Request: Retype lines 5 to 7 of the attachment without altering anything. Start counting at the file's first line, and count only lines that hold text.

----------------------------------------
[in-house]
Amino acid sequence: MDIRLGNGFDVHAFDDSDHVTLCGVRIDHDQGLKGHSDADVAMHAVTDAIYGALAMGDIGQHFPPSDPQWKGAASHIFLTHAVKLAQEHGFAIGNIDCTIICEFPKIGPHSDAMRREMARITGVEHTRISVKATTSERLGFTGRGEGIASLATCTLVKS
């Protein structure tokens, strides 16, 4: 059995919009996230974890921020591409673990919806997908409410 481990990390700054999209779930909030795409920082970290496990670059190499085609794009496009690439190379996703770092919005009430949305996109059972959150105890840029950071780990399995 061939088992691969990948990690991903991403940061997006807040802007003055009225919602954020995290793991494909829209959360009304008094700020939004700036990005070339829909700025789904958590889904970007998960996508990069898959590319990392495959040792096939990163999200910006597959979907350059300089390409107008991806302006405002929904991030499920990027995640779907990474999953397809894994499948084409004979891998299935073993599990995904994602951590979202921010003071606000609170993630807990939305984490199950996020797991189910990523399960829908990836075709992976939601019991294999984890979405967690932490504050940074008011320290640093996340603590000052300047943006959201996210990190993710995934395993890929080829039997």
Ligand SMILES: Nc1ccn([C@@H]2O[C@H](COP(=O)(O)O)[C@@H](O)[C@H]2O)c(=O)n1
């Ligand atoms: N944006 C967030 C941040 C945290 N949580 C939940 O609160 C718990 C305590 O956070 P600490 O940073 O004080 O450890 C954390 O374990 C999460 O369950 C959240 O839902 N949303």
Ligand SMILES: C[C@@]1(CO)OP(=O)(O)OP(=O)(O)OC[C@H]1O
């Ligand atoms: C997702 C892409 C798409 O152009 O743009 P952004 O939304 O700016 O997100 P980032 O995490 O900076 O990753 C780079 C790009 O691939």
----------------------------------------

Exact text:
């Ligand atoms: N944006 C967030 C941040 C945290 N949580 C939940 O609160 C718990 C305590 O956070 P600490 O940073 O004080 O450890 C954390 O374990 C999460 O369950 C959240 O839902 N949303």
Ligand SMILES: C[C@@]1(CO)OP(=O)(O)OP(=O)(O)OC[C@H]1O
């Ligand atoms: C997702 C892409 C798409 O152009 O743009 P952004 O939304 O700016 O997100 P980032 O995490 O900076 O990753 C780079 C790009 O691939």